"Newfooty" men are not intended to be flicked long distances, the men near the ball have the advantage as in actual soccer. For an explanation of use for the various methods described see page 10 (okay, it's further down this page!).


Place the various parts in correct positions on a level table covered with a cloth - green baize for preference, and if possible mark it out to represent a football field with tailor's chalk (see diagram at back of book). Time the game is to last should be arranged and ends changed at half-time.

SIZE OF PLAYING AREA - If possible use a table 5ft x 3ft. with goal lines and touch lines two inches from the edge. Goal area 3ins, each side of posts and 3ins forward. Penalty area 8ins. each side of posts and 8ins. forward. Penalty kick spot 6ins from goal line. Centre line half-way between goals. Centre circle and Penalty area are 6 inch radius.

GOALKEEPER slides into slot on wire holder and is moved by the wire from underneath back of goal to try and save a shot.

CHARGING occurs when a man is flicked against an opponent and the opponent is moved out of position.

GOAL SCORING AREA is the part of the field in both halves nearer to goal line than centre line. A mark can be made on both touch lines to denote the goal scoring area.

*The playing area is pretty much identical to the one used by Subbuteo. But in fairness to both companies, our family dining room table dates from a similar period, and is 3ft by 3ft with extendable flaps that bring it to the required size. I am assuming this is a fairly standard size table.


KICK-OFF AND ORDER OF PLAY. Side kicking off plays centre-forward against the ball with the finger, by one of the methods described in the special instructions, so that the ball is played into the opponent's half of the field. If the ball remains in play and has not touched an opponent, the side in play flicks another man at the ball. If they miss the ball then opponent takes next turn.

The object of the game is for each side to try and play the ball into their opponent's goal by flicking their men, one at a time, at the ball, according to the following rules. Each time they touch the ball and retain possession they take another turn.

Side in play loses possession if:-

A:- They miss the ball.
B:- They play it on to an opponent and ball remains in play.
C:- Their man is the last one to touch the ball or be touched by it before it passes out of play.
D:- They commit any offence which awards a Free Kick to opponent.
E:- Opponent's goalkeeper saves a shot and ball remains in play without being played back on to a man of side which shot at goal.
F:- They score a goal.

NOTE. - Any man flicked before goalkeeper touches ball, while operated from underneath back of goal, may regain possession or score a goal if goalkeeper plays the ball on to the man. The ball may be played while it is rolling, by side in play, whenever it is convenient.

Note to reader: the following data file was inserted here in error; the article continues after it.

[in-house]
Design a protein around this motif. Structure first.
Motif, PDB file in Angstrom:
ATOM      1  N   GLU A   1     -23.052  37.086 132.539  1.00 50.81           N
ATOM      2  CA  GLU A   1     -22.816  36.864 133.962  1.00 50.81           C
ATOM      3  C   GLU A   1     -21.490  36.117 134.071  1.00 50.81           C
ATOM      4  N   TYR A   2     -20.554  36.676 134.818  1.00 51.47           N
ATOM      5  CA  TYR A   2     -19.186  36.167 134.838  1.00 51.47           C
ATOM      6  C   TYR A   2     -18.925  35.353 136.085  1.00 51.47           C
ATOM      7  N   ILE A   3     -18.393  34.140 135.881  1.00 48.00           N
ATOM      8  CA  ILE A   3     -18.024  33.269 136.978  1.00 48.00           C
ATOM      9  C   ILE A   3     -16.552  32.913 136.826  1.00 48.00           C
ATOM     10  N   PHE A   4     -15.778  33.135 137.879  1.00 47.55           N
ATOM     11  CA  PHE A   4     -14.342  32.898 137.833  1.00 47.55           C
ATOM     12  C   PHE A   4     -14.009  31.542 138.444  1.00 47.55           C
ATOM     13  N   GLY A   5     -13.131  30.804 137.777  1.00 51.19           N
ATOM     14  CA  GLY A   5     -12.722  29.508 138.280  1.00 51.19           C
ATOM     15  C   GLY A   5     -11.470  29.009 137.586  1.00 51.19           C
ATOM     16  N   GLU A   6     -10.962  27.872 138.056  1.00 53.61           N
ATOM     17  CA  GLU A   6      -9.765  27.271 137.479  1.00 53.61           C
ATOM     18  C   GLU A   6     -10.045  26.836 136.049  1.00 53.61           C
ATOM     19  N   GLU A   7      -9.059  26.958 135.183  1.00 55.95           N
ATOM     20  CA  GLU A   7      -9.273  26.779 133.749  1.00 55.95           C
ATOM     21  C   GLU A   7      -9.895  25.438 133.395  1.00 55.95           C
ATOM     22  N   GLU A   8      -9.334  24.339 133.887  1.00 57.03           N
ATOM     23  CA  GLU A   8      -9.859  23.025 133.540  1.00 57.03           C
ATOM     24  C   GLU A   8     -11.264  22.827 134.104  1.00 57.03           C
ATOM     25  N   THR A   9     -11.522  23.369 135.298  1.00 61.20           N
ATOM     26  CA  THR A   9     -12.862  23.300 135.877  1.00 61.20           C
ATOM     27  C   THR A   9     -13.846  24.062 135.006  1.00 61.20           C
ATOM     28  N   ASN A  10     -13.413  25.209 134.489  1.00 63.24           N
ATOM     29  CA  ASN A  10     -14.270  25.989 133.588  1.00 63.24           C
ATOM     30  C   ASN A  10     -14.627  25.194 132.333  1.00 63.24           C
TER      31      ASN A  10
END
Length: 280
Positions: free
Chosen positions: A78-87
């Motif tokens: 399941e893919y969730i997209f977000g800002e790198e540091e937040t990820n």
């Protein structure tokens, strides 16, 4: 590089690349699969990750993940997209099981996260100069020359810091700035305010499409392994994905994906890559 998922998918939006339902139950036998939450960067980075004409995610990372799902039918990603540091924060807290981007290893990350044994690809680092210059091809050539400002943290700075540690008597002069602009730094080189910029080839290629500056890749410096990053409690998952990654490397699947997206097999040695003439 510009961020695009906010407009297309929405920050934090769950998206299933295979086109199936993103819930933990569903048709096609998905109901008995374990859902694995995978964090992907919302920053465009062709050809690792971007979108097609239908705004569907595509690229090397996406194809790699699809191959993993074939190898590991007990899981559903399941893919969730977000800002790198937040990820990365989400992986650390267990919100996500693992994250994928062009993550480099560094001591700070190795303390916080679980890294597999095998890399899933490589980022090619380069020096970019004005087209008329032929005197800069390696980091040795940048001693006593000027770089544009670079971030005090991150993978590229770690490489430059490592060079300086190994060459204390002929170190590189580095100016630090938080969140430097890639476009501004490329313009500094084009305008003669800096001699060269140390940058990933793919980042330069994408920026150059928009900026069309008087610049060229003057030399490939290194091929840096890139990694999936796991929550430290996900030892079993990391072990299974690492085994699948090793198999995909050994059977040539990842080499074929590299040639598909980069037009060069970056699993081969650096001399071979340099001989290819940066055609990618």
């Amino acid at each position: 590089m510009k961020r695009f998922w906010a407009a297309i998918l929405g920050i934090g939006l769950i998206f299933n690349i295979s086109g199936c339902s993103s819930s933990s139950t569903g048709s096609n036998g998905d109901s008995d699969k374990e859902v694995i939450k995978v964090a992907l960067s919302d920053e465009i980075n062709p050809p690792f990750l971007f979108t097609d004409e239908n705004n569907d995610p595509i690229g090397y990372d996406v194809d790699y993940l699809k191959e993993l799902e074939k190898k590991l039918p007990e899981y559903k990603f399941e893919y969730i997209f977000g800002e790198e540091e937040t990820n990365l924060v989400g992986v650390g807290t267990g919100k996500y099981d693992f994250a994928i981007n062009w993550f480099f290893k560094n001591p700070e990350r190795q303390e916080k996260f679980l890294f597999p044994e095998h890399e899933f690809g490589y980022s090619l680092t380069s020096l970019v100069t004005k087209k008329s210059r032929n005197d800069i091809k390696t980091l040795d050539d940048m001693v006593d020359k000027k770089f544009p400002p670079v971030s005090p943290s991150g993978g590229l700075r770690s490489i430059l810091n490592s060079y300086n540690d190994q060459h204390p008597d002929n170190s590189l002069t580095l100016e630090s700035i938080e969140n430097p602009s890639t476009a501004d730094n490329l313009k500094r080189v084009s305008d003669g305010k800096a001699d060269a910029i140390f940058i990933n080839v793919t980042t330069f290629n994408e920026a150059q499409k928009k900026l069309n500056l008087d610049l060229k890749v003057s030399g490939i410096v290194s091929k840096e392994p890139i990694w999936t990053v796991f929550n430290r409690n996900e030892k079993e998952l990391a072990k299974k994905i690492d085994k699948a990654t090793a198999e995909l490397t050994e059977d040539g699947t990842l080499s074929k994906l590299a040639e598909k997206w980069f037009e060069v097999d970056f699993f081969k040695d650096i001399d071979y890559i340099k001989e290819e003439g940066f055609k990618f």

A goal cannot be scored after a kick-off until at least three men have played the ball. No man may play the ball more than four times in succession. If a man goes off the table after playing the ball a different man of the same side must be flicked next turn.

GOAL SCORING. Before a goal can be scored, the ball must be in the goal scoring area, and the man attempting to score must be in opponent's half of the field.

NOTE. - A goal is allowed if the ball is kicked from outside the goal-scoring area and the goalkeeper is moved in an attempt to play the ball, touches it and it goes into the goal. It is also a goal if a defender tries to intercept the moving ball - see Advanced Rules - touches it inside the goal-scoring area and it enters the goal.

GOALKEEPER, while on the holder operated from correct position, can play the ball any time it comes within reach, irrespective of which side is in play.

FREE KICKS, including Goal Kicks, Penalty and Corner Kicks. Place the ball in the correct position corresponding to that in actual football or where the infringement occurred and the man an inch from it - opponents standing at least 3 inches away - then flick the man against the ball. For a Goal Kick a full back may be used.

THROW-IN (Revised). - Place the man outside of the field. over touch line, where ball passed out. Hold the man and the ball as in illustration No. 4. Press the ball against the head of the man, forcing it slightly backwards, allowing the ball to be forced from between the fingers so that it shoots forward onto the field of play. (Previous Throw-in where ball was "kicked in" from touch line is now cancelled).

NOTE.- Before taking a Throw-in, Corner Kick, or Free Kick, the side in play may flick men into positions of advantage, opponents do likewise. Up to three men may be flicked in this manner if the side in play wishes it. Each man must only be flicked once.

FOUL THROW-IN (revised).- A foul throw-in occurs if the ball travels more than a distance equal to half the width of the field, or if the man is not held in the correct position. The throw-in is re-taken by opponent.